|CRUISE CONTROL: (Above) Participants at the 1904 motoring event; (top) a rallyist roughs it out in the Raid de Himalaya.
Subhash and Saswati Nag Chowdhury could well be your next-door neighbours. Now in their 40s, the two have eased their upwardly mobile paces in favour of a more relaxed life, sitting back to reap the fruits of their corporate labour. A typical success story, you’d say. What’s new’
It’s their car, parked at the Netaji Indoor Stadium, that gives you an answer. Subhash and Saswati stand against a silver-grey Maruti Esteem, its gleaming paint job a stark contrast to the pall of gloom that envelops Calcutta this bleak and cloudy morning . The car has no rear seat; it has a makeshift hammock with motoring items thrown onto it. The vehicle doesn’t really purr ‘ something that carmakers like to make a religion of. Instead, it emits the brute groan of a souped-up engine.
The Nag Chowdhurys, in their Esteem, are part of the starting grid at the Tata Bearings Monsoon Rally. It’s one of those occasions when they leave behind their routine responsibilities and get down to skidding rubber on gravel. As motor rallying comes of age in India and sheds its exclusive tag, the couple, along with several others across the country, herald the birth of the new rallyist.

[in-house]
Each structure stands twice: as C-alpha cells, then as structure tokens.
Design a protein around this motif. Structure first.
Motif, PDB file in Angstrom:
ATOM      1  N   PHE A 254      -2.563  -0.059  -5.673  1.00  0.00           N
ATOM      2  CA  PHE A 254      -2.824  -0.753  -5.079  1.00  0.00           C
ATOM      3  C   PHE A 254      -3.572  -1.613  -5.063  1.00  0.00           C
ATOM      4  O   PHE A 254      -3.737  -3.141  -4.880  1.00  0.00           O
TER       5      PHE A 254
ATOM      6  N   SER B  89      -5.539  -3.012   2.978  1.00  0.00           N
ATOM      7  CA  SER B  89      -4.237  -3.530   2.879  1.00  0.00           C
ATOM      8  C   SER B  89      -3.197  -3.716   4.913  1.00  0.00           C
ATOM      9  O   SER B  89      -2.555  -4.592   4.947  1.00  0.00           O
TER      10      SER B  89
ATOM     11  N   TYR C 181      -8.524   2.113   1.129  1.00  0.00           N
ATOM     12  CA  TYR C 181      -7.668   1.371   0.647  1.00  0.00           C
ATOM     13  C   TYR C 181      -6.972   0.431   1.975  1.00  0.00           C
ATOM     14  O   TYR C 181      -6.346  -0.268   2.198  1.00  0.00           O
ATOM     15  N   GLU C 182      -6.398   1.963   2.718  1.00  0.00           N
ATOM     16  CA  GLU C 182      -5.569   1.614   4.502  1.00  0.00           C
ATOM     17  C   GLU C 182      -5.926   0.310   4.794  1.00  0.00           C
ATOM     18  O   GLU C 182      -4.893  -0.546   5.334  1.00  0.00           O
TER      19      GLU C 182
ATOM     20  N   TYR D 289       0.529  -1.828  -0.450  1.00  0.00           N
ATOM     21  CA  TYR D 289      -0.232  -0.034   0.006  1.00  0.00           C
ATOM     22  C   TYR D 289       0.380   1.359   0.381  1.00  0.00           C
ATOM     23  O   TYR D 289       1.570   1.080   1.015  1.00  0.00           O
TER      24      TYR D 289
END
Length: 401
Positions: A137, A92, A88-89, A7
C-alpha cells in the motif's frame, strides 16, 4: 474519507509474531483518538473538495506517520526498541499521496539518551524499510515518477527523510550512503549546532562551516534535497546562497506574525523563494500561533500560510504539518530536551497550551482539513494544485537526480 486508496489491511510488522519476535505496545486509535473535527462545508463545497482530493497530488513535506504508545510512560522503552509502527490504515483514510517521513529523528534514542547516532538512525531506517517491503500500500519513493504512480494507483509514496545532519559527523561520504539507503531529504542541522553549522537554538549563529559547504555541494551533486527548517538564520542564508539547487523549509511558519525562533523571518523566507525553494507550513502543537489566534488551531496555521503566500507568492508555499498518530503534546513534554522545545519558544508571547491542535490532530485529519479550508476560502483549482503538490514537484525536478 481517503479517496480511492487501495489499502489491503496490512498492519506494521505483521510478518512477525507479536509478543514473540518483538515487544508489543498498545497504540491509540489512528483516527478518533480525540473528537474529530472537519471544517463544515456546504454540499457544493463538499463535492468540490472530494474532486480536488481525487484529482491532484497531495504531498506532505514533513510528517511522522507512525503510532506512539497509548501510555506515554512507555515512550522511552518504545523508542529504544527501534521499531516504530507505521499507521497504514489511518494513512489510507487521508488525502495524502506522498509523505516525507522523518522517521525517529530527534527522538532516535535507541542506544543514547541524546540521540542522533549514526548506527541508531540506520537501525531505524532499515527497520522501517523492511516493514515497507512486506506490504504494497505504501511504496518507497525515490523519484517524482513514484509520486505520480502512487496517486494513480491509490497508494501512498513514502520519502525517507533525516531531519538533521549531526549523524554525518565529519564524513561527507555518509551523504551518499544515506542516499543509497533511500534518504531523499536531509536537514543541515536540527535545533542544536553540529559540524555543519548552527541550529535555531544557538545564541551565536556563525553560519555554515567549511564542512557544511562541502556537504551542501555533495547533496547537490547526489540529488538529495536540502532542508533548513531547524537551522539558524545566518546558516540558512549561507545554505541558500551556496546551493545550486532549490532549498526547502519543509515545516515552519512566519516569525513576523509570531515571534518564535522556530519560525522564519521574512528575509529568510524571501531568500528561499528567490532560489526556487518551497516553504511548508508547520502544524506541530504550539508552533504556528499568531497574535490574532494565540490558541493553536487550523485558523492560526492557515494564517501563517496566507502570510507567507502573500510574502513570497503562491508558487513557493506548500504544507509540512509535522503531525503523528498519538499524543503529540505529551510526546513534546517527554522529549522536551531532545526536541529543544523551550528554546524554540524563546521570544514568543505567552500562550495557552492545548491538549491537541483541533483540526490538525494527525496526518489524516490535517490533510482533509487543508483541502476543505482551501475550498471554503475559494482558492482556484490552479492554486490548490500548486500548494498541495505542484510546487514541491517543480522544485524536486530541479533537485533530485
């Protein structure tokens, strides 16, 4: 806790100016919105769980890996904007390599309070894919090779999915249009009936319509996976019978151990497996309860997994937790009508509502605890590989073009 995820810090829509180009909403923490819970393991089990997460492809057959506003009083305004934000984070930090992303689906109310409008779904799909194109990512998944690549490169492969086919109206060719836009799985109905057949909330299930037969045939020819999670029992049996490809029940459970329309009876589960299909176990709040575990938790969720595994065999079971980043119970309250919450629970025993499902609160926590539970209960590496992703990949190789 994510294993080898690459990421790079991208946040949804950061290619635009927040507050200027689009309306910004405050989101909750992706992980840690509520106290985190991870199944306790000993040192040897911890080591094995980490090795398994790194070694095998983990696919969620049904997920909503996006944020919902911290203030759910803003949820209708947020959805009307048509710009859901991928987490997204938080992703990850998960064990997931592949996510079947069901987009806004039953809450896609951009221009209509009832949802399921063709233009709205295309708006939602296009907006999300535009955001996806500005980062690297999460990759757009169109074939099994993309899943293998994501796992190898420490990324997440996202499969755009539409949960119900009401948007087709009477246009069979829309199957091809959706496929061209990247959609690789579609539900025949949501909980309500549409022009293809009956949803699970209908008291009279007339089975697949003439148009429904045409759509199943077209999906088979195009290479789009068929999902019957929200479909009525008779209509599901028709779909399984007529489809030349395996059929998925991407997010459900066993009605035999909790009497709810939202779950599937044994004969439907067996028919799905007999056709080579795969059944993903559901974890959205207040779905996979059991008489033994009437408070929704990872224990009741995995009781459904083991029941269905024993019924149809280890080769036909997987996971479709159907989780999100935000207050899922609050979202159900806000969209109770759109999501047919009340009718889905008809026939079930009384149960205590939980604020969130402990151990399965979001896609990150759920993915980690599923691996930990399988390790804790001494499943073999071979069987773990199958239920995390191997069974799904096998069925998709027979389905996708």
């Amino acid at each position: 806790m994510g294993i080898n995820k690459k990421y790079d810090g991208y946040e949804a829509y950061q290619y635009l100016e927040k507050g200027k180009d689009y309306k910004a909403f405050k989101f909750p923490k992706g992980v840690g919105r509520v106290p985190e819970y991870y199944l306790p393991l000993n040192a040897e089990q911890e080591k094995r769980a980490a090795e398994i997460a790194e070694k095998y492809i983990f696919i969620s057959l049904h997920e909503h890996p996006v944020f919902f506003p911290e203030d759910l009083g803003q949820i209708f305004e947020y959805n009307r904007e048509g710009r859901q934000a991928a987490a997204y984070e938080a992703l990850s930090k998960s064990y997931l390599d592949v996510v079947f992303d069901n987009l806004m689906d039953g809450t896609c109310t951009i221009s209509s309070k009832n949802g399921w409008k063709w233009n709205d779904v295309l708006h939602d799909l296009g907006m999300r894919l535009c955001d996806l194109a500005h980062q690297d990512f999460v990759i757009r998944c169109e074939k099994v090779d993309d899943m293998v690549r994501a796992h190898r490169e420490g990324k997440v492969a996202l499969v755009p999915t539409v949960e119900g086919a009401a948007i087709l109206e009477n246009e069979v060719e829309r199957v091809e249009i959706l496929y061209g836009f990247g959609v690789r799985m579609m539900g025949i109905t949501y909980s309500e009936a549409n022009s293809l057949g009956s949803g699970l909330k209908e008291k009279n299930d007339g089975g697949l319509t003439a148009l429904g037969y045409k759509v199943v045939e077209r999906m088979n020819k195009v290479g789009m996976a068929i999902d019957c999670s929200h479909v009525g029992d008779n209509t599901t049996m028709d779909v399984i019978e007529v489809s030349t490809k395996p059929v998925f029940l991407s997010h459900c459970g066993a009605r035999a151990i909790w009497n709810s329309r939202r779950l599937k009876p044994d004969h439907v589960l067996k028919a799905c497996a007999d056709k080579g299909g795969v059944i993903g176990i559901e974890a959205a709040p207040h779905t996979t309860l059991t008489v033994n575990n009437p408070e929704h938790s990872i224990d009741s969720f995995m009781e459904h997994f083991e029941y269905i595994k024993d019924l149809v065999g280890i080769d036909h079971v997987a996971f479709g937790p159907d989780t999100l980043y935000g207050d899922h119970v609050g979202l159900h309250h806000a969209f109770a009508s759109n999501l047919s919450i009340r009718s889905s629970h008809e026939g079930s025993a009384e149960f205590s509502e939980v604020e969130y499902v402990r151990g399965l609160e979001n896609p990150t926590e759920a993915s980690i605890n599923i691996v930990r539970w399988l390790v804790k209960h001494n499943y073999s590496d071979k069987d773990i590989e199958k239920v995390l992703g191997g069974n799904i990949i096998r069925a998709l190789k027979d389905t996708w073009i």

Never mind the time taken, though. A hundred years, to be precise. From the day when almost 20 per cent of Calcutta’s cars (11 actually, but then, there were only 60 registered cars in the city!) turned up to participate in a promotional run to Barrackpore, about 40 kilometres away. ‘It was perhaps the first of its kind in the subcontinent, the Middle East and Southeast Asia put together,’ says Ravi Kumar, chairman of the Calcutta Motor Sports Club (CMSC).
The number of vehicles in a motor-car rally hasn’t really dramatically risen since then. But what’s grown by leaps and bounds are the number and range of rallies. Just last weekend, 16 cars took part in the Monsoon Rally, from Calcutta to Jamshedpur and then Kharagpur. Bengal also has the Servo Kaviguru Rally from Calcutta to Santiniketan.